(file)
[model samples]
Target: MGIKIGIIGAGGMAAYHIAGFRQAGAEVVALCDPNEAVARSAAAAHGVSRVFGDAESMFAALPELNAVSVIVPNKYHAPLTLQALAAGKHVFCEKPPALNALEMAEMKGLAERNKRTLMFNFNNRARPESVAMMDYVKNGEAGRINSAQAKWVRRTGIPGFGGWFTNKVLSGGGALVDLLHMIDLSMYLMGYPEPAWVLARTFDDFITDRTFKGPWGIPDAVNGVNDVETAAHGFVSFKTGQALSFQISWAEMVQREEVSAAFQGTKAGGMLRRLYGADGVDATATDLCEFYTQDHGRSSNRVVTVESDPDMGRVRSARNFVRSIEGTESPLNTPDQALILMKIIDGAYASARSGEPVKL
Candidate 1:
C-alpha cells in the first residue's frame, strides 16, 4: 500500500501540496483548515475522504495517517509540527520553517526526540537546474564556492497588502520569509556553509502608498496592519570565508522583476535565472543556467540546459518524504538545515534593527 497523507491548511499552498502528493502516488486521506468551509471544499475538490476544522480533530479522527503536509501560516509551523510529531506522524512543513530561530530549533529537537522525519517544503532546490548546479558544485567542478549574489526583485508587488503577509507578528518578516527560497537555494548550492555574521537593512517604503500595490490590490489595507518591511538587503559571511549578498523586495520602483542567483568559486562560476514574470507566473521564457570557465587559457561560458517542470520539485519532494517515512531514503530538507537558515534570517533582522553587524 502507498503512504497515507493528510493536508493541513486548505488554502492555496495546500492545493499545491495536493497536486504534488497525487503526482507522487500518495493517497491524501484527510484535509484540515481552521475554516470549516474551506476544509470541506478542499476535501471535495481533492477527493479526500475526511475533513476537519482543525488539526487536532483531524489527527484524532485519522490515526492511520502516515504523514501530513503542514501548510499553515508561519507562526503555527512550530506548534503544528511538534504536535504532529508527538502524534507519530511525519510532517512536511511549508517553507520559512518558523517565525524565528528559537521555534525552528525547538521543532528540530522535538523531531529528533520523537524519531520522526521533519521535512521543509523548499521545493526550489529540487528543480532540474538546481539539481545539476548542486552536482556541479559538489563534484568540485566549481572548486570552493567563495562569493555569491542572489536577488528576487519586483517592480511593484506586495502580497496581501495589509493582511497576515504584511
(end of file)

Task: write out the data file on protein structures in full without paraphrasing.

[model samples]
Target: MGIKIGIIGAGGMAAYHIAGFRQAGAEVVALCDPNEAVARSAAAAHGVSRVFGDAESMFAALPELNAVSVIVPNKYHAPLTLQALAAGKHVFCEKPPALNALEMAEMKGLAERNKRTLMFNFNNRARPESVAMMDYVKNGEAGRINSAQAKWVRRTGIPGFGGWFTNKVLSGGGALVDLLHMIDLSMYLMGYPEPAWVLARTFDDFITDRTFKGPWGIPDAVNGVNDVETAAHGFVSFKTGQALSFQISWAEMVQREEVSAAFQGTKAGGMLRRLYGADGVDATATDLCEFYTQDHGRSSNRVVTVESDPDMGRVRSARNFVRSIEGTESPLNTPDQALILMKIIDGAYASARSGEPVKL
Candidate 1:
C-alpha cells in the first residue's frame, strides 16, 4: 500500500501540496483548515475522504495517517509540527520553517526526540537546474564556492497588502520569509556553509502608498496592519570565508522583476535565472543556467540546459518524504538545515534593527 497523507491548511499552498502528493502516488486521506468551509471544499475538490476544522480533530479522527503536509501560516509551523510529531506522524512543513530561530530549533529537537522525519517544503532546490548546479558544485567542478549574489526583485508587488503577509507578528518578516527560497537555494548550492555574521537593512517604503500595490490590490489595507518591511538587503559571511549578498523586495520602483542567483568559486562560476514574470507566473521564457570557465587559457561560458517542470520539485519532494517515512531514503530538507537558515534570517533582522553587524 502507498503512504497515507493528510493536508493541513486548505488554502492555496495546500492545493499545491495536493497536486504534488497525487503526482507522487500518495493517497491524501484527510484535509484540515481552521475554516470549516474551506476544509470541506478542499476535501471535495481533492477527493479526500475526511475533513476537519482543525488539526487536532483531524489527527484524532485519522490515526492511520502516515504523514501530513503542514501548510499553515508561519507562526503555527512550530506548534503544528511538534504536535504532529508527538502524534507519530511525519510532517512536511511549508517553507520559512518558523517565525524565528528559537521555534525552528525547538521543532528540530522535538523531531529528533520523537524519531520522526521533519521535512521543509523548499521545493526550489529540487528543480532540474538546481539539481545539476548542486552536482556541479559538489563534484568540485566549481572548486570552493567563495562569493555569491542572489536577488528576487519586483517592480511593484506586495502580497496581501495589509493582511497576515504584511